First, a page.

When they sinned, they were no longer worthy of the Divine embrace, and G-d withdrew. Technically, the clouds still provided protection, but in their hearts, the people knew the difference. They were being protected by the clouds, not as a natural result of G-d’s embrace.

On Sukkot, when they were readmitted into G-d’s embrace, they were thrilled and elated. It wasn’t so much that they were now better protected than before. It was that now the protection was an outcome of being readmitted into the Divine embrace.[9]

Essentially, the Sukkah—a Divine embrace. It is the only Mitzvah that offers a full-body embrace—like a Divine hug. The Talit wraps around most of your body, but not all. The Mikvah is a fully immersive experience, but it is temporary. You can sit in the Sukkah all day and enjoy the Divine embrace.

On Sukkot G-d resumed His embrace of our ancestors in the past and on Sukkot G-d reinforces His embrace of us today. Let us enjoy this embrace and a happy Sukkot to all.

 

[1] Talmud, Sukkos 11b. The Talmud records another opinion that it represents our ancestors’ tents in the desert.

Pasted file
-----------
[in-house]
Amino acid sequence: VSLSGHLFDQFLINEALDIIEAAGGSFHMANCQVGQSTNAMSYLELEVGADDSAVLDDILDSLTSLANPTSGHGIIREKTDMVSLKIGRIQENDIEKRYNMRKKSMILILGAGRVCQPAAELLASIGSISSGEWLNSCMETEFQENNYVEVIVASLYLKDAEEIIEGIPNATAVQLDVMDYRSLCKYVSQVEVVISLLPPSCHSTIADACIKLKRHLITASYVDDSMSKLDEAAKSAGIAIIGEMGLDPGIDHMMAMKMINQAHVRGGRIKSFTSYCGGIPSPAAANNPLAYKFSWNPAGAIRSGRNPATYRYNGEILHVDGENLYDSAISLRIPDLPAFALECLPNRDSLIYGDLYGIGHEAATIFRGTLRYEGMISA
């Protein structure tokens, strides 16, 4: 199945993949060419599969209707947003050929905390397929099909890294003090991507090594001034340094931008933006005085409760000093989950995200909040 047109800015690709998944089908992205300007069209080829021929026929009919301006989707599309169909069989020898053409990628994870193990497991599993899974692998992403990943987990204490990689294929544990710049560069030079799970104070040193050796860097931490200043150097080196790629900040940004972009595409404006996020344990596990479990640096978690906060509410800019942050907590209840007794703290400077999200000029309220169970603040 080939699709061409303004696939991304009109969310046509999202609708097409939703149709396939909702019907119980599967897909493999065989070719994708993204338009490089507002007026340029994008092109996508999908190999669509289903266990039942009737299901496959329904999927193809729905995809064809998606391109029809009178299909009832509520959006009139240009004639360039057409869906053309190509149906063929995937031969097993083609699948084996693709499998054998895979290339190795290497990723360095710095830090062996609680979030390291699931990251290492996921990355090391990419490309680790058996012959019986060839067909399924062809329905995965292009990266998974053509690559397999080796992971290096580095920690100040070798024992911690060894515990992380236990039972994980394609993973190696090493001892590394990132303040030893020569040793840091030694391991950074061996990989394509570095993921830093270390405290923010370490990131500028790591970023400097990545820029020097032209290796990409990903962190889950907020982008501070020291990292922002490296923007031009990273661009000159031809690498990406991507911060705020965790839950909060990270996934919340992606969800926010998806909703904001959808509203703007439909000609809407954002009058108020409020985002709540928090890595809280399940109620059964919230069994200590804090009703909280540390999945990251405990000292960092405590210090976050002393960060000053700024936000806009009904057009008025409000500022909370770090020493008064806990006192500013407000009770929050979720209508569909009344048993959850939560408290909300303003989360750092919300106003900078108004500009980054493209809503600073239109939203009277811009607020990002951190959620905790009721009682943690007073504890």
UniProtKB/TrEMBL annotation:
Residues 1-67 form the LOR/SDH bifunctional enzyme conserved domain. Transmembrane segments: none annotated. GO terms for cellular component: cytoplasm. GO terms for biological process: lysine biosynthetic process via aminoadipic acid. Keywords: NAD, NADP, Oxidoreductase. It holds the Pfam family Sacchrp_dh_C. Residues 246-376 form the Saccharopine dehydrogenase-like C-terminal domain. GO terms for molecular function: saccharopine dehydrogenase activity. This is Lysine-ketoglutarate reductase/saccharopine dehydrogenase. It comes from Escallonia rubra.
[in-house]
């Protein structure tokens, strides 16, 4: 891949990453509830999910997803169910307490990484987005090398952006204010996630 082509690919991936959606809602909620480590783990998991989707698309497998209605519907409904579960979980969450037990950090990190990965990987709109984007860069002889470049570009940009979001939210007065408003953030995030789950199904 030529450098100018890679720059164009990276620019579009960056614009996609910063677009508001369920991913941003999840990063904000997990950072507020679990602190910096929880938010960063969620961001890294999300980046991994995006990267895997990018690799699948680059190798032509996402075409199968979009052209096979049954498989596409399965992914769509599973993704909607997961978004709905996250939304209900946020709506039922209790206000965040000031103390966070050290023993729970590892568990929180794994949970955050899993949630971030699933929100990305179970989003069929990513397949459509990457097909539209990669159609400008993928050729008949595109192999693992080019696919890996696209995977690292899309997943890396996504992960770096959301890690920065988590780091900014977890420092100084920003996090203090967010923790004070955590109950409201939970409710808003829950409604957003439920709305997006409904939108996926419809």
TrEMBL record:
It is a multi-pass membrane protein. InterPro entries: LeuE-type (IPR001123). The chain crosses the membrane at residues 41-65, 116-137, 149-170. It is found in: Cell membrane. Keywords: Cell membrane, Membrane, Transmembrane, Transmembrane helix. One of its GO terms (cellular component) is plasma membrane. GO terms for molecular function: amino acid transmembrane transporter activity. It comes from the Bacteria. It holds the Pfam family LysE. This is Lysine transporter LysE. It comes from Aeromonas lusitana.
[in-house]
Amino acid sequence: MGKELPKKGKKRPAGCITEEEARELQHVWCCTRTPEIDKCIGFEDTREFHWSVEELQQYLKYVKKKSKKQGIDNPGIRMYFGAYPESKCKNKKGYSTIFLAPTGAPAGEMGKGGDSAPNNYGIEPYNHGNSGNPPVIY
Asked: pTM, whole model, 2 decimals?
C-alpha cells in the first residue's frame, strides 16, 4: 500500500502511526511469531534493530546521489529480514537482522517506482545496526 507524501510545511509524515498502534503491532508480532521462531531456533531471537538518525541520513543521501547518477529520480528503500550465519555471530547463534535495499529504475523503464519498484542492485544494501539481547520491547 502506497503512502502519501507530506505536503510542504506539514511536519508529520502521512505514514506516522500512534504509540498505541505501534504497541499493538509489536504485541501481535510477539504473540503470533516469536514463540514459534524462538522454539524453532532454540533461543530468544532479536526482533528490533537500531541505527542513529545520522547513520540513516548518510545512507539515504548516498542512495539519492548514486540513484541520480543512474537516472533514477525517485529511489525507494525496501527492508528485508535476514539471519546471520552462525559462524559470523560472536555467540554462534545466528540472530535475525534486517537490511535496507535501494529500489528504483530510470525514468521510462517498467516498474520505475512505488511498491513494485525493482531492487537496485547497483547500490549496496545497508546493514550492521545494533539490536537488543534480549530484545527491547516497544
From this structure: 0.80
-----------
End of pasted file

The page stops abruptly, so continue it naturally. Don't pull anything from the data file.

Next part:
[2] See Tur, Orach Chayim 625.

[3] The sin occurred on 17 Tamuz, 40 days after the Torah was given. 40 days later, on 1 Elul, Moses brought new tablets up the mountain for G-d to engrave. 40 days later, on 10 Tishrei, Moses descended with the new Tablets and told the Jews that they had been forgiven.

[4] Gra on Shir Hashirim 1:4 based on Targum Shir Hashirim 2:3 and 3:1.

[5] Numbers 10:10. Leviticus 23:39. See Toras Moshe (Alshich) ad loc.

[6] Sefas Emes (Likutim), Ki Tisa, 32:25. To support the Gra’s position, we can point to Rashi (Numbers 25:4) states that the clouds folded back over individual sinners. Presumably, if it would fold back on individual sinners, it would fold back from the nation, if they all sinned. On the other hand, we can point to Rashi (Numbers 14:14) which states explicitly that the clouds had not been withdrawn the entire time they were in the desert. See also Bamidbar Rabbah 20:19.

[7] Likutei Yehudah, Exodus 32:25; Tzitz Eliezer 15:64.

[8] Likutei Sefas Emes, Ki Tisa, 32:25.

[9] Beer Yisrael, Chulin, Perek Hashochet, p. 236.